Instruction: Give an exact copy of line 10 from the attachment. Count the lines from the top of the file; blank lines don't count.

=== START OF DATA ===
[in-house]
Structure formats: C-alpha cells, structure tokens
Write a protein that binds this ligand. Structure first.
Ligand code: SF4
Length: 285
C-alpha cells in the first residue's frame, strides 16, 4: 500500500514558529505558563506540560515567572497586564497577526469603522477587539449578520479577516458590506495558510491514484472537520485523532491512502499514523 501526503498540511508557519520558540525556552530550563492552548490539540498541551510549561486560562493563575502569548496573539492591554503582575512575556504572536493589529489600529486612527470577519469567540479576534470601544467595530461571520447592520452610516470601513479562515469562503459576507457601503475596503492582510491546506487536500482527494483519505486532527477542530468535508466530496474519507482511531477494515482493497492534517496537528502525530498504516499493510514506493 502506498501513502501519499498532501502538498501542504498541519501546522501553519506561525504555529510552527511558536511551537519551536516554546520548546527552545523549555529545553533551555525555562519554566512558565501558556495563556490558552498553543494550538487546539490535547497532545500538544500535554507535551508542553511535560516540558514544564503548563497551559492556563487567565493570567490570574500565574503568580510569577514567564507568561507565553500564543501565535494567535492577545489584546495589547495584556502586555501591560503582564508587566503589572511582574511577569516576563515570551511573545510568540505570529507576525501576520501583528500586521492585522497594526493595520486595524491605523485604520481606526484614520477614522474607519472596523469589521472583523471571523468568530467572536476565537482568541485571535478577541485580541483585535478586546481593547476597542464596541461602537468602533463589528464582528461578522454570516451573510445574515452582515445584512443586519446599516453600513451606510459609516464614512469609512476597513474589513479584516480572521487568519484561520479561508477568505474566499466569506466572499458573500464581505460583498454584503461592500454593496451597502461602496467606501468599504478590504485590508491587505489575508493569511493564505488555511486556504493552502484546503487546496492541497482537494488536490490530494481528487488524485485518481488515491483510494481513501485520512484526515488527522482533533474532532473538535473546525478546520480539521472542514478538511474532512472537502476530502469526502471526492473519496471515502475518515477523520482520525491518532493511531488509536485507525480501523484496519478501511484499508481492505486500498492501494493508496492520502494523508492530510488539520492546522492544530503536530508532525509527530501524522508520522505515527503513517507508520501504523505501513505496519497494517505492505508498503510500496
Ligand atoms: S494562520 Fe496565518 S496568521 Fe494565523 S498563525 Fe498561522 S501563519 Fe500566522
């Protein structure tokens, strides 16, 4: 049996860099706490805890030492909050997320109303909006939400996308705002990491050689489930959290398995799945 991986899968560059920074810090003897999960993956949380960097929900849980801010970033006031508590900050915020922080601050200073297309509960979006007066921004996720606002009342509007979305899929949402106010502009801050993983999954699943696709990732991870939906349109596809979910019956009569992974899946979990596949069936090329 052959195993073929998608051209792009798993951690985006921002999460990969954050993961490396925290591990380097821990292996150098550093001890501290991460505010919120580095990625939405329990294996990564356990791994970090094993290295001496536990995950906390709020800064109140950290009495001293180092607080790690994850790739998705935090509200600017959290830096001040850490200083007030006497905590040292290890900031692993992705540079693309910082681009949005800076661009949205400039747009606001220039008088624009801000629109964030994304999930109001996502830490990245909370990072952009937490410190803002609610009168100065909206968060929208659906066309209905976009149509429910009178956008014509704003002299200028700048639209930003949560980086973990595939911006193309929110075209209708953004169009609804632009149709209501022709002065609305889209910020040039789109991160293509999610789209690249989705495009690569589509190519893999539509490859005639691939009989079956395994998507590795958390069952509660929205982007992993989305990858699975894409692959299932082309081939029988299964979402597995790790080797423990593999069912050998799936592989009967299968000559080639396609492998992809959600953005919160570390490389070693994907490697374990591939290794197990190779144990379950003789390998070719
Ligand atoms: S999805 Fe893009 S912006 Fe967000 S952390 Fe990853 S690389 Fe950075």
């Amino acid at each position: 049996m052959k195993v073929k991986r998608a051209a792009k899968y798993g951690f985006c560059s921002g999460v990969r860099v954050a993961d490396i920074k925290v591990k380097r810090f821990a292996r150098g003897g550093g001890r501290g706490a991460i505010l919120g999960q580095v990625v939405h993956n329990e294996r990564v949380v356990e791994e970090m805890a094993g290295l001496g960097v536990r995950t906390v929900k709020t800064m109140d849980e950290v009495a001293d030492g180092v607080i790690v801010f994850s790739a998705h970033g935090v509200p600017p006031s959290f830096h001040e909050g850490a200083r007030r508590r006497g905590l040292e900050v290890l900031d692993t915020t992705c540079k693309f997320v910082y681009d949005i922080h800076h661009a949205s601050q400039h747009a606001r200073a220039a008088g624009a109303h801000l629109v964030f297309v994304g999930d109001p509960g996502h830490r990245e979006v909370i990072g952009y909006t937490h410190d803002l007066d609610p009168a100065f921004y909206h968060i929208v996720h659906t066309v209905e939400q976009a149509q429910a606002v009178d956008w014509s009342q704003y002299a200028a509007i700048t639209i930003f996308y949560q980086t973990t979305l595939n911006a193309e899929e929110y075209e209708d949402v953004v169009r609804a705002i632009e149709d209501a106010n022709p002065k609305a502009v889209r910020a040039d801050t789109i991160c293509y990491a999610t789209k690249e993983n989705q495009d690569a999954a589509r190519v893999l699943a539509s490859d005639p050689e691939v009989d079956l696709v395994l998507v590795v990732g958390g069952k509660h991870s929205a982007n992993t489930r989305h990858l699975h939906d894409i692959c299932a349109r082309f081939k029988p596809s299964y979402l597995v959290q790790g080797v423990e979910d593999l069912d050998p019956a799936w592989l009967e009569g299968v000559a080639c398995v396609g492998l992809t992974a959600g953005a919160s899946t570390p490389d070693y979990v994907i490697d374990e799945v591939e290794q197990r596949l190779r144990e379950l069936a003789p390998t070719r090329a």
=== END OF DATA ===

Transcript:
């Amino acid at each position: 049996m052959k195993v073929k991986r998608a051209a792009k899968y798993g951690f985006c560059s921002g999460v990969r860099v954050a993961d490396i920074k925290v591990k380097r810090f821990a292996r150098g003897g550093g001890r501290g706490a991460i505010l919120g999960q580095v990625v939405h993956n329990e294996r990564v949380v356990e791994e970090m805890a094993g290295l001496g960097v536990r995950t906390v929900k709020t800064m109140d849980e950290v009495a001293d030492g180092v607080i790690v801010f994850s790739a998705h970033g935090v509200p600017p006031s959290f830096h001040e909050g850490a200083r007030r508590r006497g905590l040292e900050v290890l900031d692993t915020t992705c540079k693309f997320v910082y681009d949005i922080h800076h661009a949205s601050q400039h747009a606001r200073a220039a008088g624009a109303h801000l629109v964030f297309v994304g999930d109001p509960g996502h830490r990245e979006v909370i990072g952009y909006t937490h410190d803002l007066d609610p009168a100065f921004y909206h968060i929208v996720h659906t066309v209905e939400q976009a149509q429910a606002v009178d956008w014509s009342q704003y002299a200028a509007i700048t639209i930003f996308y949560q980086t973990t979305l595939n911006a193309e899929e929110y075209e209708d949402v953004v169009r609804a705002i632009e149709d209501a106010n022709p002065k609305a502009v889209r910020a040039d801050t789109i991160c293509y990491a999610t789209k690249e993983n989705q495009d690569a999954a589509r190519v893999l699943a539509s490859d005639p050689e691939v009989d079956l696709v395994l998507v590795v990732g958390g069952k509660h991870s929205a982007n992993t489930r989305h990858l699975h939906d894409i692959c299932a349109r082309f081939k029988p596809s299964y979402l597995v959290q790790g080797v423990e979910d593999l069912d050998p019956a799936w592989l009967e009569g299968v000559a080639c398995v396609g492998l992809t992974a959600g953005a919160s899946t570390p490389d070693y979990v994907i490697d374990e799945v591939e290794q197990r596949l190779r144990e379950l069936a003789p390998t070719r090329a």